This may seem out of place, especially since the next paragraph goes on to explain the feast of unleavened bread that went along with Passover, but it’s here because it explains the significance of the lamb and of the death of the firstborn children of Egypt. The Passover was, for Israel, a reminder that their life came from death. The lambs sacrificed every year at Passover were a reminder that it was only by that shed blood that the destroyer passed over their houses in Egypt, sparing their children. But the feast of unleavened bread, which particularly reminded them of their flight from Egypt, was also a reminder that God purchased their lives with the lives of the firstborn of Egypt. As I said before, this tenth sign or plague wasn’t an angry God lashing out in his rage. The tenth plague was in response to Pharaoh’s decree to kill the Israelites’ children, but it was also the Lord exercising his right over the firstborn. The Passover isn’t just about the lamb dying in place of the firstborn of Israel. It’s also about the Lord purchasing Israel—whom he called his firstborn son—through the death of the firstborn of Egypt. It was this final plague, this final catastrophe, that caused Pharaoh to release the Lord’s people.
Pharaoh had tried to claim ownership over the firstborn of Israel, but in this last act, the Lord show that he really does have a claim on the firstborn—and not just of Egypt, but Israel as well. The destroyer did not distinguish between Egyptian and Israelite. The destroyer distinguished between the home marked with the blood of the lamb and the unmarked home. The firstborn belongs to the Lord. That’s what’s going on in verses 1 and 2. Verses 11-13 pick it up as well. Look at them:
“When the Lord brings you into the land of the Canaanites, as he swore to you and your fathers, and shall give it to you, you shall set apart to the Lord all that first opens the womb. All the firstborn of your animals that are males shall be the Lord’s. Every firstborn of a donkey you shall redeem with a lamb, or if you will not redeem it you shall break its neck. Every firstborn of man among your sons you shall redeem.
Passover becomes a reminder of the Lord’s ownership of the firstborn and the firstborn are a reminder of the Lord’s ownership of Israel—again, the people he calls his firstborn son. The blood of the Passover lambs painted on the doorposts is a reminder of god’s ownership of the firstborn son and also a reminder that the Lord provides for and protects his firstborn son. The redemption of the donkey with the lamb becomes yet another symbol reminding the people that they belong to the Lord and that the Lord has redeemed them to live in his presence and will continue to provide for them.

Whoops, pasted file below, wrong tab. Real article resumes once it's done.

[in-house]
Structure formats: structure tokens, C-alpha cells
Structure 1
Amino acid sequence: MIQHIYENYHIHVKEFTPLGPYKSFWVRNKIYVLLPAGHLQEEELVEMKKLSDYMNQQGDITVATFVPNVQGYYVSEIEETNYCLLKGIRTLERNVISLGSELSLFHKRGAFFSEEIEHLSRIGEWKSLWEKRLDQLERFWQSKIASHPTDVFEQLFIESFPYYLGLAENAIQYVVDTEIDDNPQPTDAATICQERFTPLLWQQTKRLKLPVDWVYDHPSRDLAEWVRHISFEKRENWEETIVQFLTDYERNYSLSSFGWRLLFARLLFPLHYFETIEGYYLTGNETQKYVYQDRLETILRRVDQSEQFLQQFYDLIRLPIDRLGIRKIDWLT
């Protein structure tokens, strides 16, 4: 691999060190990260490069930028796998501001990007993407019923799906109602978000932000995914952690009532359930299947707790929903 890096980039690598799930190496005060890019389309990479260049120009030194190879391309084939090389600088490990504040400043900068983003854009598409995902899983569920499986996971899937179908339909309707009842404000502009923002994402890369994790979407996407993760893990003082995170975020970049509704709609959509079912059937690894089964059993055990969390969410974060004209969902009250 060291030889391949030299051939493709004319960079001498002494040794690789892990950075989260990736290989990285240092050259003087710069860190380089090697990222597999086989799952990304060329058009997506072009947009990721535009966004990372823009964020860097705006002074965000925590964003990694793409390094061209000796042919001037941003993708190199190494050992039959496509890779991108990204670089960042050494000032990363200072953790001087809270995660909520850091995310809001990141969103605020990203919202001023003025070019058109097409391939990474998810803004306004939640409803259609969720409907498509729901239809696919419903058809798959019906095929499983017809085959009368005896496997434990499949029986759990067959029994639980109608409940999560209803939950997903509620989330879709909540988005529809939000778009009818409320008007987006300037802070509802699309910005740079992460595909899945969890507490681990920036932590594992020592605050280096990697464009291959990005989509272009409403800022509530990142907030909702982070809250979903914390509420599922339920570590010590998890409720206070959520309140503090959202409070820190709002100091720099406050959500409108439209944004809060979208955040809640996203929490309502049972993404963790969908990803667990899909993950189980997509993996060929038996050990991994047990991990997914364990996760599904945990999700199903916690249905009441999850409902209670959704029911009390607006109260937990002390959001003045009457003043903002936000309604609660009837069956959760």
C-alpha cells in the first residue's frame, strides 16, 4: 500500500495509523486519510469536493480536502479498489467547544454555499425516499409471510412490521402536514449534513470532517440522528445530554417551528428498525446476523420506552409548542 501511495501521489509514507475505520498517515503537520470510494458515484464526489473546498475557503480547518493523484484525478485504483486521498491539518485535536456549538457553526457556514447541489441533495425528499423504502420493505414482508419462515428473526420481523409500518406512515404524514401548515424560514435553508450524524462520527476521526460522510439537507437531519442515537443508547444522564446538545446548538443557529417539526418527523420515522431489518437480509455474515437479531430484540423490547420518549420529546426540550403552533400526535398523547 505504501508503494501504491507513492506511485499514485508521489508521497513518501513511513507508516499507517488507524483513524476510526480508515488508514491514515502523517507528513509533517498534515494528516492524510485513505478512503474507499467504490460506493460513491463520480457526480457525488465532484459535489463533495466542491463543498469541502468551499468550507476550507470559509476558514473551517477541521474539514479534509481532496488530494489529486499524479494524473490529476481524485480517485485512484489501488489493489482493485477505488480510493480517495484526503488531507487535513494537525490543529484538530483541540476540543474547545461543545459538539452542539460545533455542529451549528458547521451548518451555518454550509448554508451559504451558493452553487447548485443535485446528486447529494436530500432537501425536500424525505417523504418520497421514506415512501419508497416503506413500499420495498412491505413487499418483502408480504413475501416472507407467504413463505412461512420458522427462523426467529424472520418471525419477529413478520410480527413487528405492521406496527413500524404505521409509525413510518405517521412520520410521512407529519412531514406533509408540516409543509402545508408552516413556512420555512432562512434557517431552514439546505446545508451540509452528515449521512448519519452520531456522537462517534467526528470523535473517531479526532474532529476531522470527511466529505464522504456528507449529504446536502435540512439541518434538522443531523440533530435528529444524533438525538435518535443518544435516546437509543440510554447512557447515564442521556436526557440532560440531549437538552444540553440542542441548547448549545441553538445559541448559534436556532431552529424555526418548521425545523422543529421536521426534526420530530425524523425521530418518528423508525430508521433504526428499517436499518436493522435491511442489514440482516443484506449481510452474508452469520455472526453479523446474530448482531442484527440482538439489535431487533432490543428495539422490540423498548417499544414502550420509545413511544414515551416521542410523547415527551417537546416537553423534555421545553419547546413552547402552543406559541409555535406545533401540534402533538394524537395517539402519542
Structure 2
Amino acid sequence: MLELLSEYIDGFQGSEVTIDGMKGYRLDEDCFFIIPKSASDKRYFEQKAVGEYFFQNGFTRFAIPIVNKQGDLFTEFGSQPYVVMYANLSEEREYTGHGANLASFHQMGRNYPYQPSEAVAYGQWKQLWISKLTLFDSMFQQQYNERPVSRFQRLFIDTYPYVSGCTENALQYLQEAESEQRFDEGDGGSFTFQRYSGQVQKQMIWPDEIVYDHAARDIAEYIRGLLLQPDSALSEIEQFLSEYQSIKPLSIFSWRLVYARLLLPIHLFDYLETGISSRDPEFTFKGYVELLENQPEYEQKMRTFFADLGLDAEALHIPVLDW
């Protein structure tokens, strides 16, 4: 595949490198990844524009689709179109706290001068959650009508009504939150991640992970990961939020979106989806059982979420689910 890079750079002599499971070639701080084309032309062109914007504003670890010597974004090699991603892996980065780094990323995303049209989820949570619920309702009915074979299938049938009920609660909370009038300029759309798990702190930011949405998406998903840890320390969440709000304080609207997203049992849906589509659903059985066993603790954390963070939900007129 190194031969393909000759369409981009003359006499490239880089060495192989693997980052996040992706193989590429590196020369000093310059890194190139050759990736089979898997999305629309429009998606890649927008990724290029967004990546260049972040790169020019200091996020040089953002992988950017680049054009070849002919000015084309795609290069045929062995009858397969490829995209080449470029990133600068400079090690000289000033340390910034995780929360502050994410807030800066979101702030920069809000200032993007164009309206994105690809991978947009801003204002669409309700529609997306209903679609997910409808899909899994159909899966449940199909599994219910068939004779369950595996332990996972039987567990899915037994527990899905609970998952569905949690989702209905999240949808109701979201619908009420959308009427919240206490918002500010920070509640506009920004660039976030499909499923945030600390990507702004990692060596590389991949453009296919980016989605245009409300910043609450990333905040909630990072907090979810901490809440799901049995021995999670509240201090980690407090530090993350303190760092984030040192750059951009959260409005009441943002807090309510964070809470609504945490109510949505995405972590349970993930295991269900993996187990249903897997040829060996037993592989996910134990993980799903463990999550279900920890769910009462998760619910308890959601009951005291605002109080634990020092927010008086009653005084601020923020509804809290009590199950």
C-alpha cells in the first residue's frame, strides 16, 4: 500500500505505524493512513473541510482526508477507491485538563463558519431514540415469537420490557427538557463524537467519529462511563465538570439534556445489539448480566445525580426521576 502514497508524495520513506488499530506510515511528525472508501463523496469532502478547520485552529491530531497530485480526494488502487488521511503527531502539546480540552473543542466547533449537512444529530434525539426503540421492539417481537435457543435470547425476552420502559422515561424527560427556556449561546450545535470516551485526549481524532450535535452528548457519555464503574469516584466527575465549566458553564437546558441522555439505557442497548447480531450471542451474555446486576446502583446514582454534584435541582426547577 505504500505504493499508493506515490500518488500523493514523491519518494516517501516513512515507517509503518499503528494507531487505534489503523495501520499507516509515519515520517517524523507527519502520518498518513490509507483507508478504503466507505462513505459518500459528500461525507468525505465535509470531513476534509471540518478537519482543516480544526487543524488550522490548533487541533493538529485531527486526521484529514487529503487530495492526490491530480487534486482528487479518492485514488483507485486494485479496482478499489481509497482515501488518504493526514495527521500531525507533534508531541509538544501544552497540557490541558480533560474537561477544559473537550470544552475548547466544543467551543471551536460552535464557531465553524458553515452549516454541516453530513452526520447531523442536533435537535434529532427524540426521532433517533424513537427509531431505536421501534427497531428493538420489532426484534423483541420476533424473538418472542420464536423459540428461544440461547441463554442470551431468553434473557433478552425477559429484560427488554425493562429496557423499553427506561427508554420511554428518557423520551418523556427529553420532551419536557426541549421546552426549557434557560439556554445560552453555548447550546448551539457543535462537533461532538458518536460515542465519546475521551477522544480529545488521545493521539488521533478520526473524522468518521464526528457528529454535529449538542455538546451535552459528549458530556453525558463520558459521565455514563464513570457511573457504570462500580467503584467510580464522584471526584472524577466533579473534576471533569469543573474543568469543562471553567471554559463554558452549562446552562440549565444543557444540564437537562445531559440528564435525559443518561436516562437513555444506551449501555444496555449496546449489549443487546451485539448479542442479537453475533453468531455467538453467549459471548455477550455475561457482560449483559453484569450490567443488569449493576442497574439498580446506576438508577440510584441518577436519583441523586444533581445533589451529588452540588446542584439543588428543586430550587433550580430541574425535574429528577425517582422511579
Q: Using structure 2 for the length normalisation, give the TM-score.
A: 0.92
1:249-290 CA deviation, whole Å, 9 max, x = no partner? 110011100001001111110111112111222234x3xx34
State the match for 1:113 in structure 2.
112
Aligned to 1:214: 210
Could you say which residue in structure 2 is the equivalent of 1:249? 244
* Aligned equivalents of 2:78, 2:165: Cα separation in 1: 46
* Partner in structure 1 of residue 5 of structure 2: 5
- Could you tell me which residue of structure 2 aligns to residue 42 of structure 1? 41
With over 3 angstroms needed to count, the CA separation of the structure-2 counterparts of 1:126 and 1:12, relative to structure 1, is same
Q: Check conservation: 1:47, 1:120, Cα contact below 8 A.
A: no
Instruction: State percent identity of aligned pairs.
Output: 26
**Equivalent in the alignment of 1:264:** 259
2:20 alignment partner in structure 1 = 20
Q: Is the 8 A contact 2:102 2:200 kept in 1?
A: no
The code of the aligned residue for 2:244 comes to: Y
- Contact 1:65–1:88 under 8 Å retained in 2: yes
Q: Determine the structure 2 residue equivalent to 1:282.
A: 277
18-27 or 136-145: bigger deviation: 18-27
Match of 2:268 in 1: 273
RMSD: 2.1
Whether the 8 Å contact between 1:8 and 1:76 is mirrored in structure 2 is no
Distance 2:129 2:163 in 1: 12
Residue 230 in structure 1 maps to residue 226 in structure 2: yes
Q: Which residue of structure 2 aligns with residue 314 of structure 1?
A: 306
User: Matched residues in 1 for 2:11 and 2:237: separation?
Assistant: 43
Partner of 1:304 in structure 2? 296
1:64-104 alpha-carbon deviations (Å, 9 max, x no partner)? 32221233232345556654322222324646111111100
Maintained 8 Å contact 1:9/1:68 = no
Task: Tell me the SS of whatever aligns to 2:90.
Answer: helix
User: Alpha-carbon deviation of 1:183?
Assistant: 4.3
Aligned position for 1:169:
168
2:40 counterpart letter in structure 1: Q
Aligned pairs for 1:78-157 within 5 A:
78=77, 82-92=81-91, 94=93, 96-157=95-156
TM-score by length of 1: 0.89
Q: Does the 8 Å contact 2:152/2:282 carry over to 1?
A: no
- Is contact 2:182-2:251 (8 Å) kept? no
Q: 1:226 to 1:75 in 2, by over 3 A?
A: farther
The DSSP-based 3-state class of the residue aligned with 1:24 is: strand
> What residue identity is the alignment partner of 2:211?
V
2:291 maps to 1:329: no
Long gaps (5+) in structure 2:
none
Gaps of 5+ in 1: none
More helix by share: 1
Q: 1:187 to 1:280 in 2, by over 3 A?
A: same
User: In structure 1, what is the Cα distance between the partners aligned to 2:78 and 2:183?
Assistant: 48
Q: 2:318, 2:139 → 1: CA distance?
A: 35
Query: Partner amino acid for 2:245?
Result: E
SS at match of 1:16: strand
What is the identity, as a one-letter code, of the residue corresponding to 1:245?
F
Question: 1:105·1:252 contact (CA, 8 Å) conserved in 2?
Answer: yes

If this idea of the firstborn bought from death by the blood of another sounds familiar, it should. This isn’t the first time we’ve read about this idea in the Bible. Think of Abraham and the Lord’s command to sacrifice Isaac. God could issue this command to Abraham because Isaac, as Abraham’s firstborn son by Sarah, belonged to the Lord. He had every right to claim Isaac for himself and Abraham knew that. But what happened? The Lord redeemed Isaac from death by providing a ram to be sacrificed in his place.
The firstborn belonged to God. The firstborn were his by right. In Exodus 22:29 he commands, “The firstborn of your sons you shall give to me.” And it’s not just the humans. He also commands, “You shall do the same with your oxen and with your sheep: seven days it shall be with its mother; on the eighth day you shall give it to me.” It even goes beyond humans and livestock. The firstfruits of all the produce of the promised land belonged to the Lord, which is why the people celebrated the feast of firstfruits. Everything firstborn belonged to him.
As we begin to understand this—and I think it’s a part of the Old Testament we tend to overlook—but as we come to understand it, we get a sense of just why what Pharaoh did was so wrong. It wasn’t just a sin against the Israelites. By killing the sons of the Israelites, he was killing those who were special to the Lord. By enslaving the Israelite people, he was claiming ownership over the Lord’s firstborn son. Pharaoh was grasping at divinity and trying to usurp the Lord’s place.